Key points in Obama`s shift in Cuba policy

US President Barack Obama announced Wednesday he was ending the decades-old US policy of isolation toward Cuba, saying it has "failed."

Washington: US President Barack Obama announced Wednesday he was ending the decades-old US policy of isolation toward Cuba, saying it has "failed."

Among the changes, he will authorize the State Department to re-establish full diplomatic relations with the Communist-run island and ease economic sanctions imposed in the 1960s at the height of the Cold War.

Here are some of the key points in Obama`s new plans for Cuban relations:Havana and Washington have not had full diplomatic relations since 1961, with each country instead represented through an "Interests Section" in the other`s capital.

Obama said he will open a US embassy in Cuba and have high level diplomats carry out exchanges and visits, starting in January at the next round of US-Cuba Migration talks in Havana.Many Cubans rely on income from their relatives living in the United States, but in the past, these remittances has been limited to just $500 per quarter.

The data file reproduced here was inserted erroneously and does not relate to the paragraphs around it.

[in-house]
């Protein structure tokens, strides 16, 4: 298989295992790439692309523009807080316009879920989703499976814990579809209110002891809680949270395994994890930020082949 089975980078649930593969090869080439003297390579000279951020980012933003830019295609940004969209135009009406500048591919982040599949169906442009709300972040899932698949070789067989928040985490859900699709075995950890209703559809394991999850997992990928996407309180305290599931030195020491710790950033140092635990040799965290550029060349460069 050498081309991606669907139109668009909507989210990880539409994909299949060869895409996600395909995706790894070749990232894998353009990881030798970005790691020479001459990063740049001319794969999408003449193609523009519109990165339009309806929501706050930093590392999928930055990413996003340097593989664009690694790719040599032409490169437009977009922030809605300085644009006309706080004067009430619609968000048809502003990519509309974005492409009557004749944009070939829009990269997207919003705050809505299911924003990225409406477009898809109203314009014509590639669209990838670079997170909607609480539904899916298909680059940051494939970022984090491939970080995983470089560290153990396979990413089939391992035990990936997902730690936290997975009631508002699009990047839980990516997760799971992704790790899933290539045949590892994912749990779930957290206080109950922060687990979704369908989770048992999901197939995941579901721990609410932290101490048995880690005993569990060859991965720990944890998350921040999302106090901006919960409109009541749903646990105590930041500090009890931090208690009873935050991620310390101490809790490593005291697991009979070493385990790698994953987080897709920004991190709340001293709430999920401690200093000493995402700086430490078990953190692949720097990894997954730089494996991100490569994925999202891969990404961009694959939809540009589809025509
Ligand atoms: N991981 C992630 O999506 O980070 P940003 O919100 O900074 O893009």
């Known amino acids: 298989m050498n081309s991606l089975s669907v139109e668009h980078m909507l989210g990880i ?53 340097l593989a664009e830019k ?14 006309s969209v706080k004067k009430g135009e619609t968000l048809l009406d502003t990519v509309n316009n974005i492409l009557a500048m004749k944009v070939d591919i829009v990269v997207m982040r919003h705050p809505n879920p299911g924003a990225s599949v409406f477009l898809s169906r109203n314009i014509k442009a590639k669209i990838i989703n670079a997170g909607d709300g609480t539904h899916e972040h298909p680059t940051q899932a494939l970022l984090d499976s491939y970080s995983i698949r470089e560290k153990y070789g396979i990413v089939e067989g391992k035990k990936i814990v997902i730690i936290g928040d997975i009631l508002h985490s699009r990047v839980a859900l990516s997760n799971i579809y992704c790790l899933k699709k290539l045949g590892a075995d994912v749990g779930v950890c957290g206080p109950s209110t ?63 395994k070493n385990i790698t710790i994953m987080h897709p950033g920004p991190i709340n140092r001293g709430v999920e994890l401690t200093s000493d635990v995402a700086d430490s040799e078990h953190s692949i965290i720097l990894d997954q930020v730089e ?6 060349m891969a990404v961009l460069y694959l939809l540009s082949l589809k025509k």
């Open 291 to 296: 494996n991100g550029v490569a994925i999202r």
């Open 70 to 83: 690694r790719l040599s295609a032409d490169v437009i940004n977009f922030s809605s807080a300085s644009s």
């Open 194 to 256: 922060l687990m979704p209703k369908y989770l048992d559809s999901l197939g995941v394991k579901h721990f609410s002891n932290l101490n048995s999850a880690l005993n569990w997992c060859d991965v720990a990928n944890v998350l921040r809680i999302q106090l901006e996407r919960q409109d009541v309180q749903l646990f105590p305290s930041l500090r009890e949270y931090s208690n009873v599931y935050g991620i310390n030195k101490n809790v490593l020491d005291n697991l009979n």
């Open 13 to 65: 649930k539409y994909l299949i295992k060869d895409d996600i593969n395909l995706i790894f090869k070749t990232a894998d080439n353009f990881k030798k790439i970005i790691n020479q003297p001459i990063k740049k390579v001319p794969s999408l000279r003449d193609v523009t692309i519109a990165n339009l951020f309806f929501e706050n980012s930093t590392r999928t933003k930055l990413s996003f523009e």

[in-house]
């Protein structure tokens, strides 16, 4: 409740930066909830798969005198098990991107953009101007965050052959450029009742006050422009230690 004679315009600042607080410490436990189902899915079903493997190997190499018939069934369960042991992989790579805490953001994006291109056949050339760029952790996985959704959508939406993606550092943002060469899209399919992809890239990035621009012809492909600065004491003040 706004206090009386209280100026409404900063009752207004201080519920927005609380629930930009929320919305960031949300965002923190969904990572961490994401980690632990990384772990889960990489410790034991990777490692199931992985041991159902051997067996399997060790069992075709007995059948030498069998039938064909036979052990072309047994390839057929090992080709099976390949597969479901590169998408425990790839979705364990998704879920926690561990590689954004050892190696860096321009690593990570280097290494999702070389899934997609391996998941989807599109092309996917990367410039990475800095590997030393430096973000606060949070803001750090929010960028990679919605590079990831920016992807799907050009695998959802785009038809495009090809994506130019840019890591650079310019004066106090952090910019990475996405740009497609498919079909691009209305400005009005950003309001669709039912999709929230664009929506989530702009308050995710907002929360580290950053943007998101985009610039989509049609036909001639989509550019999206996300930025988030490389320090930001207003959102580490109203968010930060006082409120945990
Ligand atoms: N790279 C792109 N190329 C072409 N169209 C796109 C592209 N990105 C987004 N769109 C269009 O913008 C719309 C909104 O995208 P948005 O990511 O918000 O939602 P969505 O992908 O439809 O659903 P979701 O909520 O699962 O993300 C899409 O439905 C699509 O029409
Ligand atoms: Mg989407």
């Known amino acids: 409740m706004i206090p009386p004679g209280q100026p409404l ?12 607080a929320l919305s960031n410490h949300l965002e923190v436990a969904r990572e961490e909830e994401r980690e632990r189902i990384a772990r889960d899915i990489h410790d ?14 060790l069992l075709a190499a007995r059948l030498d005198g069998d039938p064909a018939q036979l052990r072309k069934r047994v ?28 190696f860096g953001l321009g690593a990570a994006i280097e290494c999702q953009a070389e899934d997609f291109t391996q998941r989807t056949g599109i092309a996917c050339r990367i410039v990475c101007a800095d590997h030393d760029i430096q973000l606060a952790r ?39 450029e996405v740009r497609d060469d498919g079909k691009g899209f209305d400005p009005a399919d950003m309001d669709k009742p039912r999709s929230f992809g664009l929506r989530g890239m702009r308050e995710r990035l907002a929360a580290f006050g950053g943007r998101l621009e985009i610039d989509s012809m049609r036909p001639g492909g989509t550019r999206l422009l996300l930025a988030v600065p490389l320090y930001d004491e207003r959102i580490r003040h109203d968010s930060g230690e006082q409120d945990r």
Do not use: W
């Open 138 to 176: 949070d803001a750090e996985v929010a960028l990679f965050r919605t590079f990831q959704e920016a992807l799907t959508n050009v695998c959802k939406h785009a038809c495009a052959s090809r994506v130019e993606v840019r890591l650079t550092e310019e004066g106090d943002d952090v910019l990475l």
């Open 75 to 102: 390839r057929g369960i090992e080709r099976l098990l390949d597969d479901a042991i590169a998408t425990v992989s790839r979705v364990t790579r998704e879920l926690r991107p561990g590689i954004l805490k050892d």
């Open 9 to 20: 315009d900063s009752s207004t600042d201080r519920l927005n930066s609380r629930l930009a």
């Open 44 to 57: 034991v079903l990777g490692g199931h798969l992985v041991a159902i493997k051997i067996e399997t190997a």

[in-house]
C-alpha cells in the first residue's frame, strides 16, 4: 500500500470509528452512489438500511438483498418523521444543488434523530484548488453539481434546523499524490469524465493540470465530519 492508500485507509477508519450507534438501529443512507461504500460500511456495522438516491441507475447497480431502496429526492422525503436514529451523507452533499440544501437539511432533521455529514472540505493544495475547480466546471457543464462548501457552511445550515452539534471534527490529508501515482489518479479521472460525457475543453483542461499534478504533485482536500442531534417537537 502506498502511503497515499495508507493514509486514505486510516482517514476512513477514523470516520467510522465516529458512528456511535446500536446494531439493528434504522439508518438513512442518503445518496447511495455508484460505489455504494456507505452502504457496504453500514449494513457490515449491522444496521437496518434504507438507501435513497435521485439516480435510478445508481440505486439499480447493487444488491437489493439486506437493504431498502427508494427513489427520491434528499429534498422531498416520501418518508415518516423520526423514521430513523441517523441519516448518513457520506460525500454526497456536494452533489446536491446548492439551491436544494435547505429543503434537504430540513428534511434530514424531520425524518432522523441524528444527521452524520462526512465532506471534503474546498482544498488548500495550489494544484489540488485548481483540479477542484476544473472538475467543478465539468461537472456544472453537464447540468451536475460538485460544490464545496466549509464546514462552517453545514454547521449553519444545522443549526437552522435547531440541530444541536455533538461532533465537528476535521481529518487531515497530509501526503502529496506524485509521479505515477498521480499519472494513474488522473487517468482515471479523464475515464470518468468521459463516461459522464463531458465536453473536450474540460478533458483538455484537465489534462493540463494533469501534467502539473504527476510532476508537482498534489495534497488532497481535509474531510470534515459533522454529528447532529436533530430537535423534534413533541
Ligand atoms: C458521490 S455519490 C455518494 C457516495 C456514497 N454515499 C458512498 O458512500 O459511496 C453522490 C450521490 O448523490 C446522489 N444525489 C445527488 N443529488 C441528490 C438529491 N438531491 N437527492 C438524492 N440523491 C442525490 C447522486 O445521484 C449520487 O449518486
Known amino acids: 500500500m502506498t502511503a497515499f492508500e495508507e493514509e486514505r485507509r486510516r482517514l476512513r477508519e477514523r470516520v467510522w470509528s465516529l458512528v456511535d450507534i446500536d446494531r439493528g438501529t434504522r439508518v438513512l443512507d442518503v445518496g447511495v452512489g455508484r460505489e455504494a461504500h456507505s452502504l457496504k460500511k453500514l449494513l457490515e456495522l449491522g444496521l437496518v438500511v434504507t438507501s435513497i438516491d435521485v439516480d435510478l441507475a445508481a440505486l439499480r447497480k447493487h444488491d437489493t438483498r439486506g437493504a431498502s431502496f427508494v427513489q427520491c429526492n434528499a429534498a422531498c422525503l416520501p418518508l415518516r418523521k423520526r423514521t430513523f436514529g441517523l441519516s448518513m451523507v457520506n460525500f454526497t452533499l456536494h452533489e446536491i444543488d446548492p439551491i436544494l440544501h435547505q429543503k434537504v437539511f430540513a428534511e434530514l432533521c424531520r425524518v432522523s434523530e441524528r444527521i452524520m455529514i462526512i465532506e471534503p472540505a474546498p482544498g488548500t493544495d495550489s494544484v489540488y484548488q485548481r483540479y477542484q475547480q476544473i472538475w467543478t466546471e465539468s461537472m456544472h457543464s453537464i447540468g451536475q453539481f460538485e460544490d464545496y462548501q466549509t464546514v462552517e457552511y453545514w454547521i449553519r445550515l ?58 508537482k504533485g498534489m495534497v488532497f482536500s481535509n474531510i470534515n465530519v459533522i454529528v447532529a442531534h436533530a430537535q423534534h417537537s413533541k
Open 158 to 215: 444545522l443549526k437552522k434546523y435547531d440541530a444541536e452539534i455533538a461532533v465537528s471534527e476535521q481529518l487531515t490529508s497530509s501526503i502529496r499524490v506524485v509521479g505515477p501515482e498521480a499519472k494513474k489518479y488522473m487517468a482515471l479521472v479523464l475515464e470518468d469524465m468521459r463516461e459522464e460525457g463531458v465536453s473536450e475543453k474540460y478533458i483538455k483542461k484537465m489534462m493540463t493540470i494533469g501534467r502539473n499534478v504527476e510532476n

The new policy will increase the allowed amount fourfold, to $2,000 per quarter.US companies will now be able to sell to Cuba items including materials for building private homes, farm equipment, and goods Cuban entrepreneurs can use.

American citizens traveling to Cuba will also be allowed to bring back up to $400 worth of goods, including up to $100 worth of alcohol and tobacco products.

The US will also authorize its telecom companies to set up shop and build infrastructure in Cuba, and for the export of telecommunications hardware, software and services, in a bid to increase Internet access on the island, which has one of the world`s lowest rates of Internet use in the world.Only certain categories of travelers, including journalists, academics, government officials, and people with immediate family in Cuba, were allowed to travel to Cuba.

And in some cases, such as for freelance journalists, people participating in public performances, and for some export-related travel, a special application was required ahead of time.

Under the new policy, the advance application will no longer be required in many cases.

However, restrictions imposed by Congress will remain in place, including a ban on independent tourist travel to Cuba.US institutions will be allowed to open accounts in Cuban banks and US travelers will be allowed to use their credit and debit cards in Cuba.

Also, where before US agricultural goods exported to Cuba, allowed in a limited fashion for more than a decade, had to be fully paid before the shipment left US port, now the payment will only be required before "transfer of title," allowing greater flexibility in authorized trade with Cuba.The United States has since 1982 designated Cuba as a "State Sponsor of Terrorism," accusing it of harboring Colombian rebels, Basque militants and US fugitives.

Obama has ordered a review of this designation, with a report due in six months.